Improving tenants' lives through affordable rental housing : quality-of-life impacts of five capitals by developer and location
Southern New Hampshire University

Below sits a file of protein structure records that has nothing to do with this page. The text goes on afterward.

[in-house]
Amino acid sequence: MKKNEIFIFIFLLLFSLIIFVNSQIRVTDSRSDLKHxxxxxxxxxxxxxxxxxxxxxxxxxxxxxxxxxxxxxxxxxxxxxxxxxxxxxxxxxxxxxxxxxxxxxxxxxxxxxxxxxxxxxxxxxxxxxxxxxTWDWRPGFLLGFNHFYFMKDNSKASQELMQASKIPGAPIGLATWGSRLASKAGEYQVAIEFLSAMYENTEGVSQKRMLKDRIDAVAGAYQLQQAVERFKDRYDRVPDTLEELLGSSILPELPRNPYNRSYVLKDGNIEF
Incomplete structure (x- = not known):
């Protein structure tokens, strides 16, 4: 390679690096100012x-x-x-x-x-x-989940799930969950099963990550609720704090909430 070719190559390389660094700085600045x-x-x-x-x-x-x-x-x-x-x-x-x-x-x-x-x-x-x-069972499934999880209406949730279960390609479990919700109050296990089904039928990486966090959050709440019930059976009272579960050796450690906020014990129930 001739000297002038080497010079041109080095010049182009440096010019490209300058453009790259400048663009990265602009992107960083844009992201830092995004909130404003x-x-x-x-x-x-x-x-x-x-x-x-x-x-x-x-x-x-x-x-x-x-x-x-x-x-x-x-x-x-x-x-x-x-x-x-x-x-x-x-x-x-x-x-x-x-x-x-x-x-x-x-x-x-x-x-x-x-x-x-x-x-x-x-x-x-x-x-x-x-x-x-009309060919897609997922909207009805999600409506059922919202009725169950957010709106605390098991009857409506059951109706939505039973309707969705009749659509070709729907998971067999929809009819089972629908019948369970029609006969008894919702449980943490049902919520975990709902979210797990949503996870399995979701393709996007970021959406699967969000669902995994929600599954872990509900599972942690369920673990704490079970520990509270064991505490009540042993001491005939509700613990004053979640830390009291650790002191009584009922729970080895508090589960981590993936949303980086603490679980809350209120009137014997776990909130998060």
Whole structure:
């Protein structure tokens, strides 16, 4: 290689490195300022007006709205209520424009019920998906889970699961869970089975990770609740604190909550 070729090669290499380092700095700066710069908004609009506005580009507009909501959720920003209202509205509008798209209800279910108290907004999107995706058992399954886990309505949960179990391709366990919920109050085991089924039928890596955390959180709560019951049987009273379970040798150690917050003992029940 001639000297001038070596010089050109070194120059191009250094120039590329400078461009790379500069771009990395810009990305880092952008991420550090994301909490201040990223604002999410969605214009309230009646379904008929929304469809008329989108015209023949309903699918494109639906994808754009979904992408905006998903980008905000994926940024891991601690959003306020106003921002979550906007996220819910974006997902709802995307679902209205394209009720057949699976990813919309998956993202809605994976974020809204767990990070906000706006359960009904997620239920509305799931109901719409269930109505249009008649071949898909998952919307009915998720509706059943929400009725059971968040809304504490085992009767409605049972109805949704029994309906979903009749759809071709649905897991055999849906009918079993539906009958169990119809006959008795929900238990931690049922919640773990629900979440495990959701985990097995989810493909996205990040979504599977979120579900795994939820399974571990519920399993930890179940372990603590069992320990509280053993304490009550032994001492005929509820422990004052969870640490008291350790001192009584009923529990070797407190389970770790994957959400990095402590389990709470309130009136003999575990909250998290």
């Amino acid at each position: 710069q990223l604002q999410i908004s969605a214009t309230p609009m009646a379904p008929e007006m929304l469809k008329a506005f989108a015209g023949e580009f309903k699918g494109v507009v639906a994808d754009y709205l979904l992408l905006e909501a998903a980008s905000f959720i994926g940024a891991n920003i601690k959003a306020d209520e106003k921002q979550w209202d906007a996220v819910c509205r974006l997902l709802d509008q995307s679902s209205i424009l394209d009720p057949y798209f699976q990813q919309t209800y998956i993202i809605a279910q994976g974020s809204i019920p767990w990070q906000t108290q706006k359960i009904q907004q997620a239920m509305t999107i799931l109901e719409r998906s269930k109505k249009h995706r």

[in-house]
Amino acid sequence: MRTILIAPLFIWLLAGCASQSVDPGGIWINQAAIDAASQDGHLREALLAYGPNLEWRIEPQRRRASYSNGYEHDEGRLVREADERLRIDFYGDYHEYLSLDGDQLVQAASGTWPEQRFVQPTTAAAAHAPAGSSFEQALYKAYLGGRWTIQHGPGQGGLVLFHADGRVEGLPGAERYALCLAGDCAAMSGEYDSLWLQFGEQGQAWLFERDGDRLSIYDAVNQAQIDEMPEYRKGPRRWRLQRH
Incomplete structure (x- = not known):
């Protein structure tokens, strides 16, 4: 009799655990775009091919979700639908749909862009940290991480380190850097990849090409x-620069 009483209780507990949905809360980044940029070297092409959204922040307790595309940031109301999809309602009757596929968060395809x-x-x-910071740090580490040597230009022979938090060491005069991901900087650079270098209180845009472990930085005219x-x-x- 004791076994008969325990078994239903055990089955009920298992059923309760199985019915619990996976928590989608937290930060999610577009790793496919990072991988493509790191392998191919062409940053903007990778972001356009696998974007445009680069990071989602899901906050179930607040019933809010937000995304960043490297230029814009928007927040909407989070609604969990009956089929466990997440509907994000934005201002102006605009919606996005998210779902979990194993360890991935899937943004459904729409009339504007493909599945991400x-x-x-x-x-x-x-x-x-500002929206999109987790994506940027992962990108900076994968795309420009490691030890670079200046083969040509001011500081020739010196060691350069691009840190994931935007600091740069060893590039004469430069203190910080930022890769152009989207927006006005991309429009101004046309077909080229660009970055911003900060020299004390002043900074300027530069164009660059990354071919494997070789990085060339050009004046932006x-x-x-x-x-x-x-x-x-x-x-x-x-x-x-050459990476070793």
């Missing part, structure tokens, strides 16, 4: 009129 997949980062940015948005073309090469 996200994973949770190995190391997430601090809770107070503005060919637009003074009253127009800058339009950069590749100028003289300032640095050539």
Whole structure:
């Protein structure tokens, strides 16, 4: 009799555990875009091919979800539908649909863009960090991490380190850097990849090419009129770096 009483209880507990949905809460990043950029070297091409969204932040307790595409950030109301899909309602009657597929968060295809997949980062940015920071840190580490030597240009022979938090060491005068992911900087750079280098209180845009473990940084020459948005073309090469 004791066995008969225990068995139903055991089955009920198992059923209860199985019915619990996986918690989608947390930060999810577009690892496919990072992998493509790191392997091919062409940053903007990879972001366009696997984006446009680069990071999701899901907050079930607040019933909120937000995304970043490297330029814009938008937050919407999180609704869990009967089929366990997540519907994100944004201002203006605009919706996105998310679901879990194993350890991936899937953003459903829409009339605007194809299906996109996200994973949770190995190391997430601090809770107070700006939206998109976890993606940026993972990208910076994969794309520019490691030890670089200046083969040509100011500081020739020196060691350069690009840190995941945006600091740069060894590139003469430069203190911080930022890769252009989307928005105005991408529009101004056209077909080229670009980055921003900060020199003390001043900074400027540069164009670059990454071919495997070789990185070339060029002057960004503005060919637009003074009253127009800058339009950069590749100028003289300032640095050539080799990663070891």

Affordable housing is asked to address a broad spectrum of physical and social needs and to achieve goals ranging from shelter to family improvement. The U.S. spends millions of dollars annually developing, financing, and operating affordable rental housing for low income households. However, there is no policy for what government-subsidized housing should accomplish for residents and little understanding of potential tenant outcomes. The lack of a comprehensive theory of affordable housing means that policies are made, funds spent, and units developed without goals anchored on sound theory. What then should be expected as the return on affordable housing investments, particularly given the discontinuity between its basic physical goal (decent shelter) and expanded social expectations (self-sufficiency)? Should only direct standard-of-living impacts (safety net outcomes like better and cheaper housing) be expected or should a deeper set of quality-of-life outcomes be expected? The study explores whether quality-of-life improves for tenants who move to affordable rental housing. It offers a framework for measuring quality-of-life changes based on five capitals: financial, physical, social, human, and personal. The study is grounded in theories of affordable housing: place-based, personal life, and professionals' experiences. To answer the research questions, a survey was conducted with tenants at four affordable developments in the Chicago suburbs, all privately-owned rental housing financed through the Low Income Housing Tax Credit and H O M E programs. Two nonprofit and two for-profit developments were selected based on area desirability. A quality-of-life index was created comprised of the five capital indices which included subjective and objective questions. The study found that quality-of-life improved for tenants overall compared to their previous housing. However, not all comparison groups or capitals improved equally or as predicted. Physical, Social and Personal Capital increased while Human Capital had no change and Financial Capital actually decreased. The five capital indices were very effective at providing insight into why differences existed within and between groups.